House:

CA-07: Here's another Republican looking at taking on freshman Rep. Ami Bera: ex-Rep. Doug Ose, who represented the old 3rd Congressional District for three terms until he stepped aside to honor a term limits pledge. Ose's successor was none other than Dan Lungren, the man Bera beat last November. Ose attempted a comeback once before, in 2008, when he ran in the open CA-04 GOP primary, losing 53-39 to now-Rep. Tom McClintock. (The race also featured the immortal Ted Terbolizard, who managed 2 percent.) Given Bera's narrow win and this district's swingy nature, I suspect Ose would definitely have to contend other Republicans who want the same thing as he does—including last year's Senate nominee, Elizabeth Emken, who is also eying the seat.

CA-52: This would probably be a good move by the GOP if they can make it happen: 2012 San Diego mayoral candidate Carl DeMaio is not ruling out a run against freshman Dem Scott Peters, who narrowly defeated Republican Rep. Brian Bilbray last year. DeMaio tried hard to remake himself as a "moderate" last year and is also openly gay; while he lost the race for mayor by five points to Bob Filner, he actually carried the portion of CA-52 that's within city limits by a 56-43 margin. And the overlap is substantial, with 90 percent of the district sitting inside San Diego proper. (The remaining 10 percent is very Republican turf.)

So if I were Peters, I don't think I'd like to face DeMaio. However, DeMaio has a classic problem of his own: Can he prevail over candidates who are willing to embrace their conservatism openly? California, as you know, has a top-two primary system, whereby the two highest vote-getters in the primary advance to the November general election, regardless of party. That means there isn't a "GOP primary" or "nomination" as such, but if DeMaio had to deal with a firebreather running to his right, he might well fail to make it to the second round... unless he decides to cast off his sheep's clothing and start spouting the crazy himself. Democrats would benefit either way.

GA-12, -Sen: It's very thin, but local analyst Jim Galloway says that Democrat Ed Tarver, the U.S. Attorney for Georgia's Southern District and a former state senator, is quietly expressing interest in running for John Barrow's GA-12. But Galloway makes it sound like Tarver would only run if Barrow, a fellow Democrat, made a bid for Senate—and he thinks Tarver wouldn't be sending these signals if Barrow wasn't at least persuadable about going for the Senate.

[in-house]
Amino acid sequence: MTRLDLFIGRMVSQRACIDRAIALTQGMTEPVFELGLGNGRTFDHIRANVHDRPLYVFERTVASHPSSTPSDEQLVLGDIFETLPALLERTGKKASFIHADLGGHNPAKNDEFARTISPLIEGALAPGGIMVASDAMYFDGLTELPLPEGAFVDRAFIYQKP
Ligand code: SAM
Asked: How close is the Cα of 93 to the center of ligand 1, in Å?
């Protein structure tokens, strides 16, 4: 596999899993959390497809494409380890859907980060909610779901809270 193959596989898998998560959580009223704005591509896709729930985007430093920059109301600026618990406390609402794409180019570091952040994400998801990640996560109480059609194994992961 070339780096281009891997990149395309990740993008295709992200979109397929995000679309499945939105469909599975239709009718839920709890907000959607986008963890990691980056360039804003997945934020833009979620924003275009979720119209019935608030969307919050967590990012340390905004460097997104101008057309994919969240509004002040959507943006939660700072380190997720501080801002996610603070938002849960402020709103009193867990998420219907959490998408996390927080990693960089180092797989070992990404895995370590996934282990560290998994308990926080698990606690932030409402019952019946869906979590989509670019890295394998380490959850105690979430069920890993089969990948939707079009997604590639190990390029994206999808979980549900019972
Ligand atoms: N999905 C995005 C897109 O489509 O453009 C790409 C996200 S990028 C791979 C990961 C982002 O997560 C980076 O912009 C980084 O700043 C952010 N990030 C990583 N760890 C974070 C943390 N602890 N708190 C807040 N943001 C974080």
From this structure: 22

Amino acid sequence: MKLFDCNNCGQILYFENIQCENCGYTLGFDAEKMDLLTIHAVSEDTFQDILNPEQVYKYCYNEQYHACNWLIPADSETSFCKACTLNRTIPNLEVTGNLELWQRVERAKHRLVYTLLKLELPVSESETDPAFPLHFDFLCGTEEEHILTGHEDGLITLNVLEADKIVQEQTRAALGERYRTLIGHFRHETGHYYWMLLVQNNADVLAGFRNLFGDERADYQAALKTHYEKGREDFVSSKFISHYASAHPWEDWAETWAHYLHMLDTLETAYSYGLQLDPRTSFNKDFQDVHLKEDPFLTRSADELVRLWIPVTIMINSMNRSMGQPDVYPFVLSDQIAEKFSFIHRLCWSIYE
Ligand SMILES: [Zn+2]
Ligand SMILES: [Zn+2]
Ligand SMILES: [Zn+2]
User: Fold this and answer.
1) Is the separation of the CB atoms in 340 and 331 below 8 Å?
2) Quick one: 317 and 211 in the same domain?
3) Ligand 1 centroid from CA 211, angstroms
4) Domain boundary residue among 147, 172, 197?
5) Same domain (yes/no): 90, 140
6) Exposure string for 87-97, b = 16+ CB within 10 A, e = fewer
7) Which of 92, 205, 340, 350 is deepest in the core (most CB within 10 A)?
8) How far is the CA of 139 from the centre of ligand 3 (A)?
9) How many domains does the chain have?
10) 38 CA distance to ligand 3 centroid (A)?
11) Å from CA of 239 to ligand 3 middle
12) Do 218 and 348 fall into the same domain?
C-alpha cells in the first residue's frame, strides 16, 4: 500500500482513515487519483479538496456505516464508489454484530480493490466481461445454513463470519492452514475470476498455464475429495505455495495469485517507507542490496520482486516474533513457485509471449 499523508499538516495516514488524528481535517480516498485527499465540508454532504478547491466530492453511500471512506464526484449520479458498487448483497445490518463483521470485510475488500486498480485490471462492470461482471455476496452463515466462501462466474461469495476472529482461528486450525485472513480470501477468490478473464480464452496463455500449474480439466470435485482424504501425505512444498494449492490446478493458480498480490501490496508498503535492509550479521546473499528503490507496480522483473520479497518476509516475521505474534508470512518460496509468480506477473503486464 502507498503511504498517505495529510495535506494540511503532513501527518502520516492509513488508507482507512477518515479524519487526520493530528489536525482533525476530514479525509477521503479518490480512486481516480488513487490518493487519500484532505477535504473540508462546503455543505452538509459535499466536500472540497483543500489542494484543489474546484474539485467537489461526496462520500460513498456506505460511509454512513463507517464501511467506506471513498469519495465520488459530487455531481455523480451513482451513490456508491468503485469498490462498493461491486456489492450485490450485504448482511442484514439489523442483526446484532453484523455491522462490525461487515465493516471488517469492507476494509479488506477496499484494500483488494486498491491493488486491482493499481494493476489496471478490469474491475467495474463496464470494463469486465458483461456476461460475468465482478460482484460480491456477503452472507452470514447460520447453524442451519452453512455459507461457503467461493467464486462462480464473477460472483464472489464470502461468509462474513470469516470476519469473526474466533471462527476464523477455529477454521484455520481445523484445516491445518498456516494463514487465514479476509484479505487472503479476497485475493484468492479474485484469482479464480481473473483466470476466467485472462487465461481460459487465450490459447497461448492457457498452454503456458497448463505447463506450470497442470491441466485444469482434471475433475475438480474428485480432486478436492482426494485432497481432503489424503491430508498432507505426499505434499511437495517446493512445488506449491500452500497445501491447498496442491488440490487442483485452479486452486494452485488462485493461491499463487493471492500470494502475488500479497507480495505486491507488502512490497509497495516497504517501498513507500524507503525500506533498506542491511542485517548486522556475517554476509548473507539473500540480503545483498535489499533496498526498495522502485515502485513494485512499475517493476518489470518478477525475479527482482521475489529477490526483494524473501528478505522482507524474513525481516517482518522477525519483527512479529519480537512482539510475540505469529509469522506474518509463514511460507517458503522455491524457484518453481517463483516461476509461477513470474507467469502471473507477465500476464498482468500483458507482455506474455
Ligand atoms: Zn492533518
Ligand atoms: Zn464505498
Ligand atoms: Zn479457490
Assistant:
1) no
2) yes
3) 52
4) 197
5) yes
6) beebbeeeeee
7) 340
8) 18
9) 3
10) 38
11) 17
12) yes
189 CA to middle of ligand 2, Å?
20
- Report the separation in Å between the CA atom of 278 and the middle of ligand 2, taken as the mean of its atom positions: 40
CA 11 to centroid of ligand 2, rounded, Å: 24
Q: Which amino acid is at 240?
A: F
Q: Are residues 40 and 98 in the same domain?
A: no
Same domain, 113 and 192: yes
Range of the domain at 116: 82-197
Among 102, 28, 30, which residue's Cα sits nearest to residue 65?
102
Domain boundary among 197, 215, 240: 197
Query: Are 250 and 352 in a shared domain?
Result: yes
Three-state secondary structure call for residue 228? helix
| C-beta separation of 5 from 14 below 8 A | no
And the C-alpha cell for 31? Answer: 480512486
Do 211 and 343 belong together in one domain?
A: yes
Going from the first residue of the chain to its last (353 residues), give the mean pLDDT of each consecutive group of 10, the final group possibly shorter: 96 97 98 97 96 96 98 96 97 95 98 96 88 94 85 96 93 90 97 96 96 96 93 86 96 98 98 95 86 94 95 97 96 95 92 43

ME-02, -Gov: It seems like pure speculation, but it's not the worst idea: Prior to Rep. Mike Michaud expressing possible interest in a gubernatorial bid, ex-Gov. John Baldacci was the most prominent Maine Democrat to say he was looking at a race against the man who succeeded him, Gov. Paul LePage. But if Baldacci is truly set on attempting a comeback bid, there's a way to make both Dems happy: Michaud could run for governor and Baldacci could run for Michaud's House seat, which Baldacci represented from 1995 to 2003... until he was replaced by none other than Michaud. Michaud is definitely the strongest possible gov candidate, and Baldacci would probably be one of our better bets to hold the 2nd Congressional District if it became open, if only because of his instant name recognition. We're a long way off from this switcheroo happening, but like I say, it could work.

Other Races:

LA Mayor: As expected, City Councilman Eric Garcetti and city Controller Wendy Greuel, both Democrats, advanced to the May 21 Los Angeles mayoral runoff after Tuesday night's top-two primary. Garcetti had a narrow 33-29 advantage, which may not seem like a lot but could prove decisive in the second round. However, there are still many mail-in ballots to be counted, so the totals could change. The L.A. Times also has a cool interactive precinct-level map which is worth checking out.

Originally posted to Daily Kos Elections on Thu Mar 07, 2013 at 05:00 AM PST.

Also republished by Daily Kos.

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Comment Preferences

  •  Tip Jar (14+ / 0-)

    Get the Daily Kos Elections Digest in your inbox every weekday. Sign up here.

    by David Nir on Thu Mar 07, 2013 at 05:00:08 AM PST

  •  Maine Dems varsity is really fourth string (1+ / 0-)
    Recommended by:
    wdrath

    Which explains why phonies like Collins keep getting elected. Baldocci should run for Senate instead of governor.

    •  I mean Congress, not governor (1+ / 0-)
      Recommended by:
      wdrath

      Running for his old house seat is even worse for Baldacci. That's so small potatoes. If he loses that race will he run for dog catcher?

      •  Maximize chances (0+ / 0-)

        of winning governor's seat back and holding House seat up north.

        Has anyone seen numbers on how Baldacci would run against Collins?

        Republicans...think the American standard of living is a fine thing--so long as it doesn't spread to all the people. And they admire the Government of the United States so much that they would like to buy it. Harry S. Truman

        by fenway49 on Thu Mar 07, 2013 at 06:21:54 AM PST

        [ Parent ]

  •  MA-Sen (8+ / 0-)

    Roll Call have numbers from a poll done for the Herald. Markey leads Lynch 50-21 and Sullivan 48-30.